A well-muscled young man skis across a long, thin puddle of water in what may be a red Speedo but is more likely his underpants. He is soon followed by Duff Man, a Homer Simpson superhero complete with cape, rubber biceps, and utility belt stocked with cans of Duff beer. It is not Halloween.
This blog comes to CSCUSA from Kristen Lummis, editor and founder of BraveSkiMom.com.
Ski resorts look different when viewed through someone else’s eyes.
Last month, I joined two friends, Betsy and Uschi, for two days of skiing at Purgatory (a.k.a. Durango Mountain Resort). Betsy is a long-time Purgatory skier who knows the mountain inside and out. Uschi is an accomplished adaptive monoskier and instructor.
This blog post comes to CSCUSA from Amber Johnson, editor of MileHighMamas.
I’ll admit it: I wasn’t a fan of Spring Skiing until recently. I had previously viewed it as a hot, slushy mess but at the end of last season, I looked at the bluebird sky, basked in the balmy temperatures, sailed down the mountain in my t-shirt (sorry, no bikinis here) and thought, “How have I missed out on this all these years?
Spring on the slopes is a non-stop party as temperatures and people thaw. If that is not enough of a draw, here are some tips for making the most of your spring skiing experience.
1). Sunscreen. If you weren’t slathering your sun protection on your face before, do it now. The sun is exponentially more intense and if you’re like me, your winter tan a.k.a. bone-white skin is highly susceptible to burning.
2) Layers. I’ll admit it: I packed for my spring ski trip the same way I would have in the dead of winter with long johns and my warm clothing. Ditch the heavy stuff but keep in mind it’s still chilly in the morning. By afternoon, you’ll be removing most of it.
3) Hydrate. Between the blazing sun, the altitude and the dry air, you’ll be surprised how quickly you fall victim to dehydration.
4) Gotta wear shades. For me, my goggles get waaaay too hot in the spring. Whether you stick with them or opt for sunglasses, remember your eyes need to be more protected than ever out there.
5) Change your skiing style. The snow is heavier in the spring so keep your weight more balanced on each foot. Don’t push through the snow and instead slice through it like a knife. Be sure to go a bit faster so you don’t get weighed down.
6) Speaking of skis, make they are tuned correctly. A warmer-temperature wax will keep your skis from sticking to the snow.
7) Here comes the sun. We worship the sun during spring skiing so be sure to follow it around the mountain. The best runs have full sun exposure to soften up the slopes for epic carving conditions.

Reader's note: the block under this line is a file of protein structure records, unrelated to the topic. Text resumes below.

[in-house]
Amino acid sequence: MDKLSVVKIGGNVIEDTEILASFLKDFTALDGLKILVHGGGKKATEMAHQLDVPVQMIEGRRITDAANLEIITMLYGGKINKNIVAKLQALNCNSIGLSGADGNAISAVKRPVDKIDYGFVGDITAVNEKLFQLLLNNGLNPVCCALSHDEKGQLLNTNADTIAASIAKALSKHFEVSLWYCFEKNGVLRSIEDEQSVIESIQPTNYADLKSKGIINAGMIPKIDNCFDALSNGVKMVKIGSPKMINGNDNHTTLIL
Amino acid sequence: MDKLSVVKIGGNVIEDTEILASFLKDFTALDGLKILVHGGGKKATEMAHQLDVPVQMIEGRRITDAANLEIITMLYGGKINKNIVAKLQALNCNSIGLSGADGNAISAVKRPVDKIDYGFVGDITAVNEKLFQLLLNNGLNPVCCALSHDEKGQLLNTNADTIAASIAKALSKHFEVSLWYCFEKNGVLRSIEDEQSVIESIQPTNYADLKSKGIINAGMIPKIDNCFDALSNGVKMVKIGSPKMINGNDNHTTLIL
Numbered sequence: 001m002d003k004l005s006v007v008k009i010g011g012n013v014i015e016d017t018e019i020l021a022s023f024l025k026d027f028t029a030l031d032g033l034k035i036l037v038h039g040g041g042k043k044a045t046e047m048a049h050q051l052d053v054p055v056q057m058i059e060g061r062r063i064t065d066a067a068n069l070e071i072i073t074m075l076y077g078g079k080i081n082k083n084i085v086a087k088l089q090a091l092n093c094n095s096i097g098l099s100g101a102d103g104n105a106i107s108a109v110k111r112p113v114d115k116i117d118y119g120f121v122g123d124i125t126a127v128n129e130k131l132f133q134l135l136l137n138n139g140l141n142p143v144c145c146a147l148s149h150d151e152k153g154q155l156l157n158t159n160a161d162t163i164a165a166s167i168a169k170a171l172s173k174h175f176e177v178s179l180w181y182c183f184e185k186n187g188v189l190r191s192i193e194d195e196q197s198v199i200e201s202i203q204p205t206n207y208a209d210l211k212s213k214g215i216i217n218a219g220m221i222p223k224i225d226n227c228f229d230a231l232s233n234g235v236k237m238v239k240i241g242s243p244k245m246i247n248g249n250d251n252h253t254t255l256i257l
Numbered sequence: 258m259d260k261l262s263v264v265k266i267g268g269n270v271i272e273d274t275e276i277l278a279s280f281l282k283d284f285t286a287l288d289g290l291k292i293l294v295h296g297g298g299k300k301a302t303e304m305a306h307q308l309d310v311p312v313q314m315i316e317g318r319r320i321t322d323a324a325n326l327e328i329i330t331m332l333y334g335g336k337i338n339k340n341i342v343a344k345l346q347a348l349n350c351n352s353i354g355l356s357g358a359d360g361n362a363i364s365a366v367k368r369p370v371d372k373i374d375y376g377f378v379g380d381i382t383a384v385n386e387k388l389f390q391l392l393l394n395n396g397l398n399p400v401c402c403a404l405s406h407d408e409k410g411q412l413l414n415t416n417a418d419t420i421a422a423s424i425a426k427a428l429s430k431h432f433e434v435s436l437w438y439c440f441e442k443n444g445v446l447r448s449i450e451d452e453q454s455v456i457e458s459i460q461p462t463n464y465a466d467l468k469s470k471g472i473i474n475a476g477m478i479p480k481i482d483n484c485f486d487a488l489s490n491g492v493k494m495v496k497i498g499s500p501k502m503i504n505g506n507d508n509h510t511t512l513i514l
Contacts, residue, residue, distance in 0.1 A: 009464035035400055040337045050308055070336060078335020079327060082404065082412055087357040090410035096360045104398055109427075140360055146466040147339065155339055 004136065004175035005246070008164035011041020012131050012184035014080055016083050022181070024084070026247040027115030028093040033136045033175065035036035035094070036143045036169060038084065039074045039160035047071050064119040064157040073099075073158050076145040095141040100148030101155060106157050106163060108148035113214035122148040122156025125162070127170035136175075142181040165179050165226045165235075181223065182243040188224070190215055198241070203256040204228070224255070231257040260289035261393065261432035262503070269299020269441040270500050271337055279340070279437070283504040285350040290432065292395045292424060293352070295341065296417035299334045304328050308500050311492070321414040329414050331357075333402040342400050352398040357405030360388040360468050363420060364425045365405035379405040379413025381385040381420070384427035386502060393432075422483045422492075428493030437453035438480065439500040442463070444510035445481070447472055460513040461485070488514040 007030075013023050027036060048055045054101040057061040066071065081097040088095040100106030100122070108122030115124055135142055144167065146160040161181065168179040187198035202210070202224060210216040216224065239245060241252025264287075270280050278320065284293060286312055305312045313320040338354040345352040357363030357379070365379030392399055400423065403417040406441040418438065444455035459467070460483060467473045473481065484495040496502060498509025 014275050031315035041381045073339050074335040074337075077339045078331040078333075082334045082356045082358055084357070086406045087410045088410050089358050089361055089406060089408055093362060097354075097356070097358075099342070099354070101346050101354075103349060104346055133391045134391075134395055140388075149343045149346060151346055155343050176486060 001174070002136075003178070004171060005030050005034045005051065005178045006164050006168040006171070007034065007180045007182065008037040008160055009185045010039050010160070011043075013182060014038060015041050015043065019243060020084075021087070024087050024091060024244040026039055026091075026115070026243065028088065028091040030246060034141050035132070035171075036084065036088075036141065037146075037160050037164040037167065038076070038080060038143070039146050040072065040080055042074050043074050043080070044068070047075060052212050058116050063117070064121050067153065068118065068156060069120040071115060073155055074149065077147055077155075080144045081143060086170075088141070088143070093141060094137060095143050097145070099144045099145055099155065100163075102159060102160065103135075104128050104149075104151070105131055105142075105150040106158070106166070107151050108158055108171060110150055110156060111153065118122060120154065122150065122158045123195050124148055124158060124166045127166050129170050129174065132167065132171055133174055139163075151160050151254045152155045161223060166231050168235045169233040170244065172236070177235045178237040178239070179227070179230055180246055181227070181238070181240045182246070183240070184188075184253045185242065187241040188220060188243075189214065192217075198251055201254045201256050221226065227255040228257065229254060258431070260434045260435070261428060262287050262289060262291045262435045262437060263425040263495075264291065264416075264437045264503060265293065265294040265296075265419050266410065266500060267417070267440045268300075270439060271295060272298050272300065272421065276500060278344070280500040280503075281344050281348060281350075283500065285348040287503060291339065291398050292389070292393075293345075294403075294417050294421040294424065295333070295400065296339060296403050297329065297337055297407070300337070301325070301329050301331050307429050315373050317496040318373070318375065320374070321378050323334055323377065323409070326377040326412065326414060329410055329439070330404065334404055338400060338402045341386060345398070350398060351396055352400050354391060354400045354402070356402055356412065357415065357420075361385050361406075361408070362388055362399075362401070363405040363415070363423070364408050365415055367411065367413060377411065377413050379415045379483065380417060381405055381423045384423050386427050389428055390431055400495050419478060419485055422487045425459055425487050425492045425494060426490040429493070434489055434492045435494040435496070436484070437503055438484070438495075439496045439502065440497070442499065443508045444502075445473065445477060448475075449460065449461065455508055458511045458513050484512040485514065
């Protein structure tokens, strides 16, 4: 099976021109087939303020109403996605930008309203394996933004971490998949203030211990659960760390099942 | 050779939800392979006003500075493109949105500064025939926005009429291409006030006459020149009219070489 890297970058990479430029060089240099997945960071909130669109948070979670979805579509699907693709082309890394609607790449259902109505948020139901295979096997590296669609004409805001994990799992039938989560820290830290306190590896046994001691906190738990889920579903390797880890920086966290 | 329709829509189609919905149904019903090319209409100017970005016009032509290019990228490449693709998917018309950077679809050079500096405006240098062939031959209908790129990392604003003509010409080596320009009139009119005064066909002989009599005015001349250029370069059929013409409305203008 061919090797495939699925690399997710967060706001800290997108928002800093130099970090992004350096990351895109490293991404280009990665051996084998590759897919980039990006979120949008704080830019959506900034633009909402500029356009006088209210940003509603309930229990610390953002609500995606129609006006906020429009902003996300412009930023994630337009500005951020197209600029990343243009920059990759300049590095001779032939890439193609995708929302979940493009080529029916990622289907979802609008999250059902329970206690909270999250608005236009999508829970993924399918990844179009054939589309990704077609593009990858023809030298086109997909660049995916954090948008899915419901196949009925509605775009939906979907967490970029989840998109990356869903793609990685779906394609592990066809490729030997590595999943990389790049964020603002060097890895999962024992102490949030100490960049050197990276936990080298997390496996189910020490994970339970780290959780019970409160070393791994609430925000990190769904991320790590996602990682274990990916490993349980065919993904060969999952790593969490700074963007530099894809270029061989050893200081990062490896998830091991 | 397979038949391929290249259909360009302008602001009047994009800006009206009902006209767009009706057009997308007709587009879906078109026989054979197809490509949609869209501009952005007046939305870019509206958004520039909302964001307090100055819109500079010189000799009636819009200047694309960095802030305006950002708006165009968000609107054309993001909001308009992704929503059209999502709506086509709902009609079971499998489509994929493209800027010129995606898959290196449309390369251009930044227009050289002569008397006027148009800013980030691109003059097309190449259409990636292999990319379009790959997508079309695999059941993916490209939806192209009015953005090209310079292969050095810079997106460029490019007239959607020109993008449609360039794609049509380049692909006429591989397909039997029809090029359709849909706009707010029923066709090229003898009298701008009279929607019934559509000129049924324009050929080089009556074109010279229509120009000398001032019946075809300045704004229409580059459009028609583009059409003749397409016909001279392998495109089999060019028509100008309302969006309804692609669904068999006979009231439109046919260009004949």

The following was submitted to the Denver Post by National Ski Areas Association President Michael Berry, but it is unclear whether it will be published by the newspaper.
To the Editors:
In Karen Crummy’s three part series on ski safety, billed as an “investigative” series, Ms. Crummy and the Denver Post do a terrible disservice to readers by what they omit in their coverage, and, in turn, reveal the bias and predetermined conclusions underpinning this distorted piece of journalism. Readers, especially skiers and snowboarders, deserve more from the Denver Post on a series dedicated to Colorado’s favorite pastime. Quite frankly, so does the ski industry, especially in light of their significant efforts on slope safety. (continue reading…)
This blog comes to Colorado Ski Country from Kristen Lummis, founder of BraveSkiMom.com
In the past, when I’ve written about skiing and riding safety, I received some comments that skiing with me might be “boring” or a “bummer.”
I beg to differ.
This blog comes to Colorado Ski Country from Amber Johnson, editor of MileHighMamas.
As a mom, I have a lot of discussions with my peers about teaching my kids to ski. My fellow skiers understand the benefits (health, fun, active lifestyle) and even my non-skiing friends don’t question these and instead cite drawback reasons like “it’s too difficult or expensive.”
But never once have I been asked, “Don’t you think it’s too dangerous?”
Some of our readers may have seen the Denver Post series supposedly about ski safety and the industry here in Colorado. In this response letter, National Ski Patrol Executive Director Tim White weighs in on behalf of ski patrollers.
To the editor,
Since 1938, the nonprofit National Ski Patrol (NSP) has dedicated itself to serving the public and outdoor recreation community. As a testimonial to its good work, NSP received a federal charter from the U.S. Congress in 1980. Today, NSP is made up of more than 28,000 paid and volunteer patrollers nationwide. For all these decades, skiers and snowboarders have come to know ski patrollers as dedicated individuals who work tirelessly to make the slopes safer and who often put themselves in harm’s way to rescue those who have become hurt or lost on the slopes. (continue reading…)